Back to our Roots

This Ribston Pippin (apple) tree may not look too impressive now but it will develop into a fruit-bearing beauty over time. It’s one of many historic varieties we’re establishing here at Foxbury Farm.

Sign of the Times

From the archive… this image shows the Mitchells’ fruit and veg stall in Covent Garden, London, circa 1968. The family name is visible on the sign above the porter’s booth.

New Beginnings

Last week we planted our newest lavender plantation – 90,000 ambitious little bushes no taller than a finger in height. They are of the Mailette variety (lavandula angustifolia, or ‘true lavender’) and will provide us with an annual bounty of pure, sweet-smelling essential oil for many years to come.

Morning Mist at Foxbury Farm

This moody shot was taken just after dawn yesterday, as we prepared the ground for a new lavender plantation at Foxbury Farm. The landscape may look somewhat monochrome, but come in summers to come it will be filled with scent and colour. Ninety thousand baby lavender plants will be bedded in here over the next few days.

Cobnut Harvest

Our cobnuts, whose ground shell is the secret ingredient of our new Kentish Cobnut Scrub, are now being harvested. There are several plantations (or ‘plats’) on the estate, some dating back over 50 years. The Kentish Cobnut, a cultivated form of wild hazlenut, is unique to our locality. The shell makes a particularly fine exfoliant, and the nuts themselves make the most delicious seasonal snack. Watch our for a cobnut serving suggestion from Xanthe Clay  in the next Foxbury Gazette and, to learn more about this singular nut, you can visit the website of the Kentish Cobnut Association.

Harvest Update

This weekend’s harvest was unexpectedly bountiful. In spite of variable conditions throughout the spring, our precious true lavender (lavandula angustifolia, seen above) has produced our second-highest essential oil yield ever. The oils will now be ‘dried’ and aged, before being blended by our perfumer with other fine natural essences and used in Mitchell and Peach products.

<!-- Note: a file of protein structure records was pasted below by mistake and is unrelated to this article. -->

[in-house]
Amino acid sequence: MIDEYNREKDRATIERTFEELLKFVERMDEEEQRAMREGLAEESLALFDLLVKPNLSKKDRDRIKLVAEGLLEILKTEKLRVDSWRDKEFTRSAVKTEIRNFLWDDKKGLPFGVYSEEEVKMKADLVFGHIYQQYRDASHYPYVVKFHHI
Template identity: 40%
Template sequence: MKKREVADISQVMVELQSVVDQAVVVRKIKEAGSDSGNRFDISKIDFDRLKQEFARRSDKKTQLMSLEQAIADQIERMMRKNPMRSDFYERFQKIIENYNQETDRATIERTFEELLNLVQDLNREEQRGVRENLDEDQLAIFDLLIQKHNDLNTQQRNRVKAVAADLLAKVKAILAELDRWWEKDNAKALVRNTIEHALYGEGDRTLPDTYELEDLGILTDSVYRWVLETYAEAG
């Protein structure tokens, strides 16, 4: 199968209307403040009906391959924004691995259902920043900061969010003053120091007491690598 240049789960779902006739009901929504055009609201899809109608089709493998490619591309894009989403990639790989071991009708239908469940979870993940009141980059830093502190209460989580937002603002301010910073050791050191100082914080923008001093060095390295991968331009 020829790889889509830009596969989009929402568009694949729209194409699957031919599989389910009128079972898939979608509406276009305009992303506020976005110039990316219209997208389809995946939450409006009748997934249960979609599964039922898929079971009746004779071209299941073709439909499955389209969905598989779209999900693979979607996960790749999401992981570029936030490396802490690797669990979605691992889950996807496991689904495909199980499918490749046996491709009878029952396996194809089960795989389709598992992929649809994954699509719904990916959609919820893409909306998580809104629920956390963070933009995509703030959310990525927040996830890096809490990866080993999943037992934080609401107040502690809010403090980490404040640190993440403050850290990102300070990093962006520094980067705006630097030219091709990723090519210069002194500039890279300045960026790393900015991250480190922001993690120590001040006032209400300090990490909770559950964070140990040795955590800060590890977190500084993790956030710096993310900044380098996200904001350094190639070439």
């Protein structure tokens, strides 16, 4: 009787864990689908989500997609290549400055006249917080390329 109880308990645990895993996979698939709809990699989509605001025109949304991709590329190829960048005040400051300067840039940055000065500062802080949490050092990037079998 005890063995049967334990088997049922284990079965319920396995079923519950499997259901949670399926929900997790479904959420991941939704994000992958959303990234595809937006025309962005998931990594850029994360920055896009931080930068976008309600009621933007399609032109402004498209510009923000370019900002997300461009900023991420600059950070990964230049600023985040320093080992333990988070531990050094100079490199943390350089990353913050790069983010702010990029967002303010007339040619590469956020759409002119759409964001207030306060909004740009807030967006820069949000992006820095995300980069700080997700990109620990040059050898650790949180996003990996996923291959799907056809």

Fashion on the Farm

For our recent shoot we collaborated with Jaeger, the luxury British fashion house. In this image, Chloe Mitchell wears a ‘Houndstooth Print’ dress from its summer collection. Like Mitchell and Peach, Jaeger has a distinguished heritage and a meticulous eye for quality and detail.

The shoot, images from which will be released this autumn, marks the fact that Mitchell and Peach formulas now include pure honey gathered from hives on the Mitchell estate. The images were taken by Mark Harrison, an award-winning photographer whose subjects have included former US President Bill Clinton and actors John Hurt and Natascha McElhone. www.jaeger.co.uk; www.markharrisonphotography.com

Harvest Results – 2010

Harvest is complete and the results are spectacular. Thanks to a hot, sunny June, our fine lavender yielded 30% more essential oil than last year – a result to exceed our most optimistic predictions. The oil will now be ‘dried’ to remove water and impurities. It will then be matured for at least nine months (to achieve a fully rounded aroma). Only then will it be ready to be hand-blended by our perfumer with other fine essences and used in the Mitchell and Peach range.

Harvest Update – July 2010

Fragrance testJune’s glorious heat and sunshine has brought the lavender crop on apace, making up for the cool Spring. As usual, the ‘Maillette’ (the finest lavender – that we use in the Mitchell and Peach range) is flowering first; the ‘Grosso’ is following close behind. In this photograph, Ian Mitchell is testing the aroma of the fresh florets. We think this year’s harvest – which takes place late-July – could result in our most productive harvest yet. Watch this space…

Centenary Party

In May the Mitchells celebrated 100 years of farming at Foxbury Farm in Kent, England. The event, in the shade of Foxbury’s magnificent six-roundel oast house (seen below in 1910, and still part of the estate) included an exhibition of family archives, a traditional hog roast and swarms of children gleefully ‘driving’ antique tractors. Learn more about our heritage here.